Captured while on a mission in North Korea, James Bond is
eventually freed more than a year later. M thinks 007 may
have given away vital secrets under torture, but he insists
that he has not. The agent believes he has been set up, and
vows to find the person responsible. But first he must escape
from MI6 captivity...
I was a little disappointed by this film when I first saw
it at the cinema, but I am happy to report that I enjoyed
it more this time around.
Die Another Day remains a curious blend of innovation,
comforting familiarity and irritation. Nowhere is this more
evident than during the opening credits, which, in a novel
break from tradition, inter-cut the usual surreal and erotic
images with the ongoing events of the story. However, this
visual feast is let down by an entirely un-Bond-like title
song, sung by Madonna (who also plays a cameo role as the
fencing instructor, Verity).
Lee (Once Were Warriors, Along Came a Spider) Tamahori
provides us with some very exciting fight scenes, including
a visceral fencing match between Bond and the main villain
Gustav Graves (Toby Stephens). And, of course, there are the
usual outrageous stunt sequences, involving hovercrafts over
minefields and cars on ice, courtesy of Action Unit Director
Vic Armstrong. However, the notion of an invisible car seems
far-fetched even by Bond standards (though the special features
assure us that cloaking technology is not so far down the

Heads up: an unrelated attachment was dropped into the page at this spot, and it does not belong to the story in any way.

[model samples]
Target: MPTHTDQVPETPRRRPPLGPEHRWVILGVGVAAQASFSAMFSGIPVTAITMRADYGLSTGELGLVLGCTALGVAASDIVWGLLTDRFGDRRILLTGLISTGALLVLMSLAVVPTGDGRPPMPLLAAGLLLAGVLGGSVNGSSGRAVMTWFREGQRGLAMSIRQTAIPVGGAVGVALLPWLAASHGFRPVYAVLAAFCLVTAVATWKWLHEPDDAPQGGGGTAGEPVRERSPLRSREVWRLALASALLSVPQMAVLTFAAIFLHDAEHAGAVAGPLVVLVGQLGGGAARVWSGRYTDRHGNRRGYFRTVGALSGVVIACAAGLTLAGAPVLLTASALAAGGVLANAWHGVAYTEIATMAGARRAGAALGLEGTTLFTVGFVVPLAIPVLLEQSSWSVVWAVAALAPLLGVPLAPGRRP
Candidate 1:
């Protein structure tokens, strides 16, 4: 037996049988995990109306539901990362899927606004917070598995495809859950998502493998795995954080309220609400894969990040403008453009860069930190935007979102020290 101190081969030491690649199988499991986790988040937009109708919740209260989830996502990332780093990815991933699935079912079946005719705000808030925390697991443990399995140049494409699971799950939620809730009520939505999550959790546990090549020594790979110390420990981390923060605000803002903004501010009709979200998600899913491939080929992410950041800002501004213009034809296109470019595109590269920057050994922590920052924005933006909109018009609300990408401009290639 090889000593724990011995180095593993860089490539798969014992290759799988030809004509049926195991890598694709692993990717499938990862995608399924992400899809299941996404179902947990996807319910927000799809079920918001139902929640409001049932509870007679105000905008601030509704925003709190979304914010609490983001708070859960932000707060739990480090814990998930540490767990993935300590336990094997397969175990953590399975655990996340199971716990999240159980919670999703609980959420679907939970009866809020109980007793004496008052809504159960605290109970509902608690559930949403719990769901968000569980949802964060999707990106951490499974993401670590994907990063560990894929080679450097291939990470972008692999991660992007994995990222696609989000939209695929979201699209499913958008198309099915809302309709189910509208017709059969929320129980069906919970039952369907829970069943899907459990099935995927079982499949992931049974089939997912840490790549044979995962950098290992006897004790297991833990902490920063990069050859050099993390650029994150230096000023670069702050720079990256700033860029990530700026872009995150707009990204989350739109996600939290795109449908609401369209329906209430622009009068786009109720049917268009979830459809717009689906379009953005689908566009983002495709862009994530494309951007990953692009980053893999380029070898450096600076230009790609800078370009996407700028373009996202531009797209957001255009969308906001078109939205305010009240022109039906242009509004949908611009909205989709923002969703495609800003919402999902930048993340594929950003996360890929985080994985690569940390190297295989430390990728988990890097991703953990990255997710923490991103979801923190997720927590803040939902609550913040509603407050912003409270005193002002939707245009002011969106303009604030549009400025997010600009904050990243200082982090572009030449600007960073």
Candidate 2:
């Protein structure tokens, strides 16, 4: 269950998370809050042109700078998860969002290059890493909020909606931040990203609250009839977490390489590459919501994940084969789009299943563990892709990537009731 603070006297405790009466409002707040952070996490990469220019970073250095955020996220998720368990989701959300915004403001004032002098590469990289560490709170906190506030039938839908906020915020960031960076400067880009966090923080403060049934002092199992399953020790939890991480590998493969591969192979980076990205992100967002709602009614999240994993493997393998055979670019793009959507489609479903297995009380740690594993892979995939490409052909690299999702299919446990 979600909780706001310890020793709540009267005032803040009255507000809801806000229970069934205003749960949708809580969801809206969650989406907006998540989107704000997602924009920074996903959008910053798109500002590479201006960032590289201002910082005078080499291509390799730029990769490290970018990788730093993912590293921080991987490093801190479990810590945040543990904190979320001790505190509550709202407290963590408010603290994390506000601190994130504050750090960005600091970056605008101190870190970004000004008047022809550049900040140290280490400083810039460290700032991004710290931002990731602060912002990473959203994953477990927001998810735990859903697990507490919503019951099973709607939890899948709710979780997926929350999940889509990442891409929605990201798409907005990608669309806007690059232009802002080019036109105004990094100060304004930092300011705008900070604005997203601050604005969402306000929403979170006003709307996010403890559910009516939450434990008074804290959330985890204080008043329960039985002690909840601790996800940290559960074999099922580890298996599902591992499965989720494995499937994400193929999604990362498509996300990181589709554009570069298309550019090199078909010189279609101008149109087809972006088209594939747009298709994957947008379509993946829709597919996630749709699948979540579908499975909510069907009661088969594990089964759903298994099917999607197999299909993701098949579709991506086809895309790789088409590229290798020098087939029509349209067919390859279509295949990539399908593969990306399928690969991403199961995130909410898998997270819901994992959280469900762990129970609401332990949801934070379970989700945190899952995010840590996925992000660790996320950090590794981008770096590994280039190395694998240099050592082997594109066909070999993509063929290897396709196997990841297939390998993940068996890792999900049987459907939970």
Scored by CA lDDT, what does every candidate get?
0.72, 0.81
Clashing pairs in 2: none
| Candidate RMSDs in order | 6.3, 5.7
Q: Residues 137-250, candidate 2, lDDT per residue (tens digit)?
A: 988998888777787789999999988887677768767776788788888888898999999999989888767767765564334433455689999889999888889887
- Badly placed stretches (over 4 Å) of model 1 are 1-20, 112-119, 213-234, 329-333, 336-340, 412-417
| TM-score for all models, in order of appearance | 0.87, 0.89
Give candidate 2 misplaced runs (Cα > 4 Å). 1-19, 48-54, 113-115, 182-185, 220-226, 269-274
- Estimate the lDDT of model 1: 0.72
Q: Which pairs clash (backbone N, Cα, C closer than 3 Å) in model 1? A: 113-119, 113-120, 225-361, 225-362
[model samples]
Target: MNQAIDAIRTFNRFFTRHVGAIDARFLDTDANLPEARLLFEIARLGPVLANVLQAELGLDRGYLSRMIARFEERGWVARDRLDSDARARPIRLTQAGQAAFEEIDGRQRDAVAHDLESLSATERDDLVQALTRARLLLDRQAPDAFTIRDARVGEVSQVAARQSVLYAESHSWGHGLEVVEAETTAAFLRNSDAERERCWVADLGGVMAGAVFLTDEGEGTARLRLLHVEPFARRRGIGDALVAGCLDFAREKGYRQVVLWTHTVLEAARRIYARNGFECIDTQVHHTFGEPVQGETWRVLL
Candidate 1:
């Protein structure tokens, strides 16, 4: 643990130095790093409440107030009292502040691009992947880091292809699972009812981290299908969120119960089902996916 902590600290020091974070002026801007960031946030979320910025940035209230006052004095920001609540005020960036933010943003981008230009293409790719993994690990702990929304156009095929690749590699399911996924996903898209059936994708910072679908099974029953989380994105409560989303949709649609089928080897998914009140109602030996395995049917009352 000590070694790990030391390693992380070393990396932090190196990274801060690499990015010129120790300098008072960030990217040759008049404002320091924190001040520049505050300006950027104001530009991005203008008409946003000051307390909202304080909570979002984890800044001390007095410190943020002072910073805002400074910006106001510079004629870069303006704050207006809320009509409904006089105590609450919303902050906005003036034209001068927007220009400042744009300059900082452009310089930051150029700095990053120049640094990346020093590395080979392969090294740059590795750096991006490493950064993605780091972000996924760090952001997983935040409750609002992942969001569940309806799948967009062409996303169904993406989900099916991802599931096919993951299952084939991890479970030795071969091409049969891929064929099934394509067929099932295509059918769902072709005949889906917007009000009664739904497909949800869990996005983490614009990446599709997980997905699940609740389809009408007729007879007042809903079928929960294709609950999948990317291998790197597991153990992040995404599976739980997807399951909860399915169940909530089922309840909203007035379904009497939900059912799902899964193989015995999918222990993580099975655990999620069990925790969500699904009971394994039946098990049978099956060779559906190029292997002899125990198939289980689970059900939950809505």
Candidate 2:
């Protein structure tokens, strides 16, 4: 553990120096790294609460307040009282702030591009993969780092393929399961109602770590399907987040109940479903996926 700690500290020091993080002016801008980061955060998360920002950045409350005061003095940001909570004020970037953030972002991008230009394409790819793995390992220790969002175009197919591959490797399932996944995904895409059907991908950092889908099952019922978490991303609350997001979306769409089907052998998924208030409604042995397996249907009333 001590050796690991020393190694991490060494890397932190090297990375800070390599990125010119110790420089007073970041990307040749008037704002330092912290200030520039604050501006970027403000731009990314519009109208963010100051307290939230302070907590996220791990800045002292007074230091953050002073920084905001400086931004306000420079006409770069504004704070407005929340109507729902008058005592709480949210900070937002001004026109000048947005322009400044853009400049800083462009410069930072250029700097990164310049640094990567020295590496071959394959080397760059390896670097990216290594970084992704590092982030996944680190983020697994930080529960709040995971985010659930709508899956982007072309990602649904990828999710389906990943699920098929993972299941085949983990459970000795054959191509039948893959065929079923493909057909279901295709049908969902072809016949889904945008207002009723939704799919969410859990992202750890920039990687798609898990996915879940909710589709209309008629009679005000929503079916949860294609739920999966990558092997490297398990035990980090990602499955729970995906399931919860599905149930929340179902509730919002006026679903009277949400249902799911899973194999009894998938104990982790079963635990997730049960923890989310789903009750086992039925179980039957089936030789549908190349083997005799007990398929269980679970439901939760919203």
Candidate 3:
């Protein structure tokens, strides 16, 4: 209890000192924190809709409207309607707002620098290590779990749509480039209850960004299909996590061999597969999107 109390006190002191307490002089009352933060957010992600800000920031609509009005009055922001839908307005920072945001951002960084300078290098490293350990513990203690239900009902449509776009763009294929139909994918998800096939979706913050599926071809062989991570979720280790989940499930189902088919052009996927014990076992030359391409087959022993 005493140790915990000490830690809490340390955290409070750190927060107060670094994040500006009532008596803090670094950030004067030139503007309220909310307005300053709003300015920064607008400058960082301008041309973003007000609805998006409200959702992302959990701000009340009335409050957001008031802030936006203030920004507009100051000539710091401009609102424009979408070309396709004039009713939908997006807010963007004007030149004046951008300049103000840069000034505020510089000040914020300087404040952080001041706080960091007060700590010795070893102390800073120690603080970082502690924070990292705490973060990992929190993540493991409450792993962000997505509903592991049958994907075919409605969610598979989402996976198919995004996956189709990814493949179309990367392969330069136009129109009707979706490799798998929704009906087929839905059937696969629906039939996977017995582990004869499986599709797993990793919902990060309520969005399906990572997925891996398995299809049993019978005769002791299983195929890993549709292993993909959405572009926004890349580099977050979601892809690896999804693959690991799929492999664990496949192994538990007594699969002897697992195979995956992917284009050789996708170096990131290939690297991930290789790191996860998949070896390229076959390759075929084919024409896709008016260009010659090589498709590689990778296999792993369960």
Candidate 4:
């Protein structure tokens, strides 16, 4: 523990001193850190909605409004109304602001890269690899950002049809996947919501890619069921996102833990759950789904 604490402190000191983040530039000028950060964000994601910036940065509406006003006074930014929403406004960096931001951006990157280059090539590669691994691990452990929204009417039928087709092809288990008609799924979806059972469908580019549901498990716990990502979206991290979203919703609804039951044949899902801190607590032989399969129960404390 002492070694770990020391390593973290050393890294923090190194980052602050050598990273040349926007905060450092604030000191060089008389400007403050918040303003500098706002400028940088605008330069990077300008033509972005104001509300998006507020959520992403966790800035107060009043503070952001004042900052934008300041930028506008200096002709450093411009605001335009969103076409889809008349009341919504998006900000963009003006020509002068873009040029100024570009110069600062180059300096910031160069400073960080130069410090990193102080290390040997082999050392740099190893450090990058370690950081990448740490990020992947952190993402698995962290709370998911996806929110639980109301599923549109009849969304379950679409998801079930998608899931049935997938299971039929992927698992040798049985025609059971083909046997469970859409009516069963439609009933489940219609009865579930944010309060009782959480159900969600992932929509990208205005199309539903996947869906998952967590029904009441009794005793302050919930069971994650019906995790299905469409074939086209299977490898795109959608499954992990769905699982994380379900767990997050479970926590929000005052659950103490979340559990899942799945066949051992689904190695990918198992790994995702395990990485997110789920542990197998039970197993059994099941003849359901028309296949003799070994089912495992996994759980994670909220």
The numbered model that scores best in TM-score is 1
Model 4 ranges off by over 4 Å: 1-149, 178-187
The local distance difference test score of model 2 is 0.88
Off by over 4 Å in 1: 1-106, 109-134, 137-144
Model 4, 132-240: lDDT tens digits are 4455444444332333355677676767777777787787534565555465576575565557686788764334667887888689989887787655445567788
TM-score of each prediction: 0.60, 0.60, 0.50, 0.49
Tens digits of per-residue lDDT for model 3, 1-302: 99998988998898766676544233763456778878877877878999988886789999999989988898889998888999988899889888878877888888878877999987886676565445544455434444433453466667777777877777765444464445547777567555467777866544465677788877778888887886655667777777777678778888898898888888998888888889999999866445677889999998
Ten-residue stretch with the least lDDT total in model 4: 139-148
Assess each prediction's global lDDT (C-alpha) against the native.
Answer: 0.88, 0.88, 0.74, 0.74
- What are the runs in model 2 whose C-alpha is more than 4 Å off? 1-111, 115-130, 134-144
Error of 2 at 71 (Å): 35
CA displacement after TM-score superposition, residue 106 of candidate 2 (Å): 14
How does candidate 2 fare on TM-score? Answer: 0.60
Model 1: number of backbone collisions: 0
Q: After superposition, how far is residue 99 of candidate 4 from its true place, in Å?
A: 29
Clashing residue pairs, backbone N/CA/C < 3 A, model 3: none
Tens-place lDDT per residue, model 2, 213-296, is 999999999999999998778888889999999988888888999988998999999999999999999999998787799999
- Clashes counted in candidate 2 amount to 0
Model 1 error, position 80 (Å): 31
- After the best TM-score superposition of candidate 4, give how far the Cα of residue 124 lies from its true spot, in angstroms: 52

line as you might think).
fact, this is the most fantastical Bond film in years. With
its themes of gene manipulation, cloaking devices and heat
rays, we haven't seen this many sci-fi elements in a 007 movie
since Moonraker. Coincidentally, scriptwriters Neal
Purvis and Robert Wade plunder Ian Fleming's original Moonraker
novel for previously unused story elements such as the transformed
villain and his apparently benign orbital weapon.
The writers and Pierce Brosnan continue to explore the humanity
and vulnerabilities of Bond's character. It is quite unnerving
to behold his condition after he has been imprisoned and tortured
for 14 whole months - who ever would have thought we'd see
007 as a shuffling wreck with an unkempt beard? This image
puts the injuries Bond sustained in Licence to Kill
and The World is Not Enough in the shade. (As it happens,
there are a few plot similarities to Timothy Dalton's controversial
second Bond movie, with 007 setting out on a private vendetta.)
But don't go thinking for one moment that the trademark comical
quips are absent, because they are in force in a big way.
They range from lines that really work ("So this is where
they keep the old relics") to the rather awful ("That's a
a rather stilted introductory scene, in which she has to deliver
the above dreadful line, Halle Berry makes a big impression
as the tough and resourceful Bond girl, Jinx. The elegant
Rosamund Pike does an equally splendid job as 007's other
love interest, the appropriately icy Miranda Frost.
main baddie is a sort of pastiche of Bond himself. With his